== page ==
• To help a homeowner realize if they owe less than 80% of their home's value and remove insurance.
  • To fight improperly assessed property taxes.
  • If you need to take care of an estate.
  • To give you an edge when purchasing a home.
  • To figure out a reasonable price when putting your home on the market.
  • To protect your rights if your property is being taken by means of eminent domain in a condemnation case.
  • Because an official agency such as the IRS requires it.
  • If you ever find yourself in a lawsuit.
If you need a more detailed explanation of the appraisal process, please click here.


Is an appraisal the same as a home inspection?   (List of questions)

Home inspectors do not produce an opinion of value and are not appraisers. A third-party home inspector will judge the structure of the property, from the roof to the foundation. For the most part, a home inspection report will explain the amenities and the requirements of the house: air conditioning (weather permitting), electrical systems, the condition of the heating system, the plumbing; then the structural integrity of the home such as the attic, exposed insulation, walls, floors, ceilings, windows, then the foundation, basement and visible structures.

My agent performed a CMA for me. Is that the same as an appraisal?   (List of questions)

Frankly, it's like comparing broadband and dial-up. What the CMA relies upon are superficial trends. Appraisals use comparable sales which are verifiable resources. The appraisal report will also include location and construction values. The CMA will provide a non-specific figure. An appraisal delivers a defensible and carefully documented opinion of value.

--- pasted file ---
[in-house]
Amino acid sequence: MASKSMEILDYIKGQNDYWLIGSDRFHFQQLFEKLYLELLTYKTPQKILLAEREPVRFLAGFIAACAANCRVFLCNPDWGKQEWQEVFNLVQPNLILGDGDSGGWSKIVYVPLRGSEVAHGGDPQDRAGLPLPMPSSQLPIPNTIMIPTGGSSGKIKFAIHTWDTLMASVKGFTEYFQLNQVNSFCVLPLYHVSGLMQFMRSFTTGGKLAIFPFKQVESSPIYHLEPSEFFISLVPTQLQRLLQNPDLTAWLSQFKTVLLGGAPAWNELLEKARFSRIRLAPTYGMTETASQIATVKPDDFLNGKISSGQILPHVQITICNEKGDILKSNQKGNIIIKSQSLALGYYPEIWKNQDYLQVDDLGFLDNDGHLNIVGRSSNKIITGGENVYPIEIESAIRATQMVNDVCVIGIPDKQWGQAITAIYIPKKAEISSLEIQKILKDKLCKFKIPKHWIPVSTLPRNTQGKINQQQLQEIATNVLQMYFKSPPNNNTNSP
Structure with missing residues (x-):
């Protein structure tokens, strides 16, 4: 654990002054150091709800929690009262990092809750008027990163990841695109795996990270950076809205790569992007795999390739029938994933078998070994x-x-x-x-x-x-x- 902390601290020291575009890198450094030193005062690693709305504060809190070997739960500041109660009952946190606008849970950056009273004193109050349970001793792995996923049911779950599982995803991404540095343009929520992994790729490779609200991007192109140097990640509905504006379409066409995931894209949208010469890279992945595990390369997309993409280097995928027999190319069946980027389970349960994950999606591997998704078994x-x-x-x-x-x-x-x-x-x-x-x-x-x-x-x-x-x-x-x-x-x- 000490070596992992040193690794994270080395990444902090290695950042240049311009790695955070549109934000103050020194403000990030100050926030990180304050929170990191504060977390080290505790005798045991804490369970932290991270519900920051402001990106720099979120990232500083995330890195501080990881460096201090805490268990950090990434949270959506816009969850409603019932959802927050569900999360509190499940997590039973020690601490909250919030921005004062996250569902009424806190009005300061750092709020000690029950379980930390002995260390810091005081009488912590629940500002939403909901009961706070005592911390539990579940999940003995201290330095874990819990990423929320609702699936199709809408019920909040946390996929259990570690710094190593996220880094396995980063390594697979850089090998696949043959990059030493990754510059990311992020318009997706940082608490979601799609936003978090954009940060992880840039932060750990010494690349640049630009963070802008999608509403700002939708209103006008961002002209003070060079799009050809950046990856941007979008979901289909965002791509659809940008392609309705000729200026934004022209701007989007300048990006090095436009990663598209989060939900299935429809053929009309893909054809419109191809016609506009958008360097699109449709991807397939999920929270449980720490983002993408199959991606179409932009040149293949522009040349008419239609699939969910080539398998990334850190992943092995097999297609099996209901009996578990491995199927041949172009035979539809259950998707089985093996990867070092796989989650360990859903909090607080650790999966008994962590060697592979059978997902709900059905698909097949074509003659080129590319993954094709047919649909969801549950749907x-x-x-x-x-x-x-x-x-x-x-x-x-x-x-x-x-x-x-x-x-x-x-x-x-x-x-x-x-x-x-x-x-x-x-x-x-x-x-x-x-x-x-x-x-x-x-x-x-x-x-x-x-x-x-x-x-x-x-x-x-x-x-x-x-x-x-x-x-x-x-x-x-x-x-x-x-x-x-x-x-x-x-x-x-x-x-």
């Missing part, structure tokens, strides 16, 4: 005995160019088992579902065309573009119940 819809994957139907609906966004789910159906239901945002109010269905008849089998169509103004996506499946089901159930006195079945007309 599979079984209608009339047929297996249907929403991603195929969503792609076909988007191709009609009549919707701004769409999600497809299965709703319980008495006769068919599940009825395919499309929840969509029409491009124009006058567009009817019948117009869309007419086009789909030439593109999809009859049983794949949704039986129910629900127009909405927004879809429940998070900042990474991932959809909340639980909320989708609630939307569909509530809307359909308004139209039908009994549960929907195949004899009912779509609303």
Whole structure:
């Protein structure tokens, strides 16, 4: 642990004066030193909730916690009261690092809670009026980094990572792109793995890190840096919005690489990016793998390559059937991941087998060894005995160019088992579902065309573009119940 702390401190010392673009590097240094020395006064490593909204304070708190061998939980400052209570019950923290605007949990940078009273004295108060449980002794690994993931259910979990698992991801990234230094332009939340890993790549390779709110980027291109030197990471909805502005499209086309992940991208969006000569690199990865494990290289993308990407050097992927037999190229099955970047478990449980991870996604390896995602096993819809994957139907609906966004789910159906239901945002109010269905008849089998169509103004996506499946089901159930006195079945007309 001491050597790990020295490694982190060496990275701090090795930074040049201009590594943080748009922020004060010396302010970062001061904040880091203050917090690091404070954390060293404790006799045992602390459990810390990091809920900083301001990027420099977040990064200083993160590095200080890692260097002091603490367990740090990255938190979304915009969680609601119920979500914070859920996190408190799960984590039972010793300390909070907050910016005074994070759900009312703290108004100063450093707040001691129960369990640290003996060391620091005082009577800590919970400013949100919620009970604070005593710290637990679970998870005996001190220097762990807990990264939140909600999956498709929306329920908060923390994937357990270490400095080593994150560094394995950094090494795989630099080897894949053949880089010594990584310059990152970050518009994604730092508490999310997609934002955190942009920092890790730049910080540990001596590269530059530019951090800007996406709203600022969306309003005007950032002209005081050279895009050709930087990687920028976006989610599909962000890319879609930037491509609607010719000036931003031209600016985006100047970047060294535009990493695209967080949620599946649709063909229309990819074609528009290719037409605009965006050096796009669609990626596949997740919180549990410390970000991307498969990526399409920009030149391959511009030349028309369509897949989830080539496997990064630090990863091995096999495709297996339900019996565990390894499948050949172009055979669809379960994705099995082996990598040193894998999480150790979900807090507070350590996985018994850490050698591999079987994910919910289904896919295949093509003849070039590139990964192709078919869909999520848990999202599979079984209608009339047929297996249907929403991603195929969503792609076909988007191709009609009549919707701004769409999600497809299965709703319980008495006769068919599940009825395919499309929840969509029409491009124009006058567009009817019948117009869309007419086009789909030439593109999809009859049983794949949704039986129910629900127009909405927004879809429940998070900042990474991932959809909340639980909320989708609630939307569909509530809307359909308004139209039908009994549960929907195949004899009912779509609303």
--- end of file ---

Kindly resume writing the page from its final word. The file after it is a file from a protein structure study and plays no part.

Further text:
The person creating the report is actually the biggest difference between a CMA and an appraisal. A CMA is created by a real estate agent who may or may not have a true grasp of the market or valuation concepts. The appraisal is produce by a licensed, certified professional who makes a living out of valuing properties. Likewise, the agent has a vested interest in the property's selling price whereas the appraiser is bound by a code of ethics to accept a flat sum for work they perform, regardless of their outcome.

What are the contents of an appraisal report?   (List of questions)

The main purpose of an appraisal document is to provide a value opinion, and depending on the scope of the report, you'll usually see the following:
  • Who engaged the appraiser and whose purposes the appraisal is to serve.
  • How the appraisal is supposed to be used.
  • The reason for the assignment.
  • The type of value reported and a definition of that value.
  • The effective date of the appraisal.